Wildfire insurance resources + what you need to know

  • Crisis management
  • Planning ahead
  • Homeowners insurance
Firetruck near a wildfire

According to the National Oceanic and Atmospheric Administration (NOAA), there were 55,571 wildfires in the U.S. in 2023. While that number sounds high, that’s actually low compared to the averages over the last 20 years.

Wildfires are unplanned, spread fast and are incredibly dangerous. With nearly 72 million U.S. homes at risk, everyone should know their area’s risk level and prepare in case one impacts their neighborhood.

The U.S. Environmental Protection Agency (EPA) says, “Wildfires increase air pollution in surrounding areas and can affect regional air quality. The effects of smoke from wildfires can range from eye and respiratory tract irritation to more serious disorders, including reduced lung function, bronchitis, exacerbation of asthma and heart failure, and premature death.” That means the danger exists even if you’re well away from the flames themselves so it’s important to have an emergency plan in place.

Illustration of a person looking at a phone while leaning against a house

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1. Learn about the dangers

Wildfires don’t often begin in heavily populated areas. This means that you may have some time to prepare your home ahead of evacuating to maximize its chances of survival. The National Fire Protection Association (NFPA) has put together resources about the Home Ignition Zone and what you can do to in each of the zones around your home to minimize fire damage as a wildfire gets closer.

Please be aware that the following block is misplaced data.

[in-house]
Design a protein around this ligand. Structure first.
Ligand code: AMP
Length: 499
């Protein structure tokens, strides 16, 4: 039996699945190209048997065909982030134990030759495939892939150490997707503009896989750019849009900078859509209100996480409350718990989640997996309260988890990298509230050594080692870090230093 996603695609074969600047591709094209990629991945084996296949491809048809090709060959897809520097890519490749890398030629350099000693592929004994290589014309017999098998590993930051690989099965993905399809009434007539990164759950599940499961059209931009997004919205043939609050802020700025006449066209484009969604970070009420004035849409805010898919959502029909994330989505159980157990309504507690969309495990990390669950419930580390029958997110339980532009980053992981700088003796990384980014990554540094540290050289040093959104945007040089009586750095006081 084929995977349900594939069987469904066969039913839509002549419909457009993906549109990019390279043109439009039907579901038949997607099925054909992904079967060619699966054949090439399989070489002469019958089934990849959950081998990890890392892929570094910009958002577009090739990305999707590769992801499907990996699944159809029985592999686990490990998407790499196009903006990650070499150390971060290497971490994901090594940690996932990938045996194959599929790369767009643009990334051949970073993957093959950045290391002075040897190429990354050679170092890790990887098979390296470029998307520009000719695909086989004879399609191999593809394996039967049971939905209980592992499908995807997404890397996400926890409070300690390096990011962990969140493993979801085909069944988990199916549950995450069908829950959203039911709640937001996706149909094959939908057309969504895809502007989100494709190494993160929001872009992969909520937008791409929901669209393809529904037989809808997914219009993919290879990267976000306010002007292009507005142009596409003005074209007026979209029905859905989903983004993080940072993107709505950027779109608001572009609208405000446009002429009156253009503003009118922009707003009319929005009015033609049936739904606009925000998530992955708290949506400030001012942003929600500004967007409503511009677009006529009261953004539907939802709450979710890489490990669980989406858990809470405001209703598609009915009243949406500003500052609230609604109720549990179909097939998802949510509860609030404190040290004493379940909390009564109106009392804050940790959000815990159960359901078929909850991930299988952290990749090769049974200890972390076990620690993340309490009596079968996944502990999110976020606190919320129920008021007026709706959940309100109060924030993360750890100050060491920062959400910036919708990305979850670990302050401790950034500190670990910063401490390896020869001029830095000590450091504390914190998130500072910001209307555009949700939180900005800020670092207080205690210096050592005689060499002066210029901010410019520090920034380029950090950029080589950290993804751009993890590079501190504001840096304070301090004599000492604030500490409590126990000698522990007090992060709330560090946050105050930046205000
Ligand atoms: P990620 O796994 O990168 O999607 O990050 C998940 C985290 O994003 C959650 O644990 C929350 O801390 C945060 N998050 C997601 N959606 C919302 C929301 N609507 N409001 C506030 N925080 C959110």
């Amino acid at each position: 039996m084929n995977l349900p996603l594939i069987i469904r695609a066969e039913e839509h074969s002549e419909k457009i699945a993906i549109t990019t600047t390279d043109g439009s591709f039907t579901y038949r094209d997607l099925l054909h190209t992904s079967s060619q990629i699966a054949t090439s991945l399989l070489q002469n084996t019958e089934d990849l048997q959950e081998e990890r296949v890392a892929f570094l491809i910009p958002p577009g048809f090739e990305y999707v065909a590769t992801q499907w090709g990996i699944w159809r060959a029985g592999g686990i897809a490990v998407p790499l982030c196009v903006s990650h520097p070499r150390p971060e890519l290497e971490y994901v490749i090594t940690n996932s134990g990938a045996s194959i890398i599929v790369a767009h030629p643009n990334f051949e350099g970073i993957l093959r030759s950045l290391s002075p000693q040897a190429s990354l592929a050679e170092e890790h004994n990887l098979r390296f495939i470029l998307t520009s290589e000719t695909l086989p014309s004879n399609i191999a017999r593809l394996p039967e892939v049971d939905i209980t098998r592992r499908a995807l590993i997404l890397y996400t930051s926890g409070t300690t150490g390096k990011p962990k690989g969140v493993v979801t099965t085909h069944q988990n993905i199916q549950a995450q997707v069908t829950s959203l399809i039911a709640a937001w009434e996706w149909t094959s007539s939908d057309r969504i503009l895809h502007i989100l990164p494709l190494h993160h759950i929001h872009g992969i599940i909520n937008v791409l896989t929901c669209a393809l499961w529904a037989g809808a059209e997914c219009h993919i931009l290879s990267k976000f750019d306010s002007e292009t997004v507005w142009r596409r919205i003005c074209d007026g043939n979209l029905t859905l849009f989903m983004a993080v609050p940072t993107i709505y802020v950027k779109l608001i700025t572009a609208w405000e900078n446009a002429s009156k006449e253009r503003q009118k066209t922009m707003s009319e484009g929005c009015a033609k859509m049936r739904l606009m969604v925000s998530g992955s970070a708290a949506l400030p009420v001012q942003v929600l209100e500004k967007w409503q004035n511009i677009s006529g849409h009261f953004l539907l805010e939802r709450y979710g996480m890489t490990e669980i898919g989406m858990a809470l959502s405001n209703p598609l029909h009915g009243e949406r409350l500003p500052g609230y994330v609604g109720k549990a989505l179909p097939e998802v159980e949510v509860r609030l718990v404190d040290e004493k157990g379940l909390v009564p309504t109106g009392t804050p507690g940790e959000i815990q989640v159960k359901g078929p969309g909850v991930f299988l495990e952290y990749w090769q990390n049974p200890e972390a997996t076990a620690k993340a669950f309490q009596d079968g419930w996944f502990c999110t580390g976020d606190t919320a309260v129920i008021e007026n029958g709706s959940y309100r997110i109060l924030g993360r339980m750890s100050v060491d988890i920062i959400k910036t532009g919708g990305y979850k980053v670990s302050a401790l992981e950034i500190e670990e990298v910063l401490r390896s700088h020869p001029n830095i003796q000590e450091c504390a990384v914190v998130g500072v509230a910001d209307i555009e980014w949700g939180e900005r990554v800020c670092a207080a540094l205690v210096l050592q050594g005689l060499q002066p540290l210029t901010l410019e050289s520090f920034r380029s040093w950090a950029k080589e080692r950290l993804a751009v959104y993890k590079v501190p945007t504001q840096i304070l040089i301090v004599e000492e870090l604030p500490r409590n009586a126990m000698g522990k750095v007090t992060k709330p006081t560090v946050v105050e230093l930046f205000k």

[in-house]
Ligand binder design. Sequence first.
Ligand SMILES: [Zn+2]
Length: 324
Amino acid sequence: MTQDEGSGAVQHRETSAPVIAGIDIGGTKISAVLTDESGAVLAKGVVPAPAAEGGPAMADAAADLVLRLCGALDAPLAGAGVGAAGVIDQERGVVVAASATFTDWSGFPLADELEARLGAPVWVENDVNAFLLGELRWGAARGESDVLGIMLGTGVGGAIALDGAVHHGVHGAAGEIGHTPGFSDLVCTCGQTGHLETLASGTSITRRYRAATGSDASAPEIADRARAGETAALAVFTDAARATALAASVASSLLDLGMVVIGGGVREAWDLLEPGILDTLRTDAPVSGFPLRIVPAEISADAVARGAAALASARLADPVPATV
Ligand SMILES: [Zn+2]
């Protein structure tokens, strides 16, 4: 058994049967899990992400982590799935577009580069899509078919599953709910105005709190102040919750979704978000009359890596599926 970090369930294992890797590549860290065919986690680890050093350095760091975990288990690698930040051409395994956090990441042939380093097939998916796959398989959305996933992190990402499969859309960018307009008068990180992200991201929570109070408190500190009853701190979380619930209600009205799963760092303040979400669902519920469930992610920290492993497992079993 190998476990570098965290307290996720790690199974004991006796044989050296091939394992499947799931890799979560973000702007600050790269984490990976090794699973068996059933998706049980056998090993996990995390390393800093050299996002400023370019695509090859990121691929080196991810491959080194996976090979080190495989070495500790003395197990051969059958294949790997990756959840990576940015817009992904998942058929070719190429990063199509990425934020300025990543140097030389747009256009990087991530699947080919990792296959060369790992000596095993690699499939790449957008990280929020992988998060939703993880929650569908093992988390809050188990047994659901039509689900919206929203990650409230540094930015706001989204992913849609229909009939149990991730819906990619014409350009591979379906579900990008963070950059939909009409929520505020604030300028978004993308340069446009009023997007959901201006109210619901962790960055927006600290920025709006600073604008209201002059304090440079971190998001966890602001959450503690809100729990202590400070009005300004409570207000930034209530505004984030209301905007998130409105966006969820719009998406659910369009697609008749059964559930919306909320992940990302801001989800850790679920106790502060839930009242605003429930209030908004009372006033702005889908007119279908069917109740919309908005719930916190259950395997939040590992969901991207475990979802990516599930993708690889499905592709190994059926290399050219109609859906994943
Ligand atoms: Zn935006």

These are best practices that can, and should, be done year-round to stay safe from any type of fire. Take special care during wildfire season to double check that you’re up to date on all of these steps.

In the immediate zone, up to 5 feet from your home, the NFPA suggests:

  • Clean roofs and gutters
  • Replace or repair loose shingles
  • Install 1/8-inch metal mesh screening on exterior vents
  • Repair or replace loose window screens
  • Box in areas below patios and decks
  • Move flammable material away from the exterior of the house (e.g. mulch, leaves, firewood)

To learn more about these steps, and what you can do as you get further from your home, check out the NFPA’s wildfire preparation page.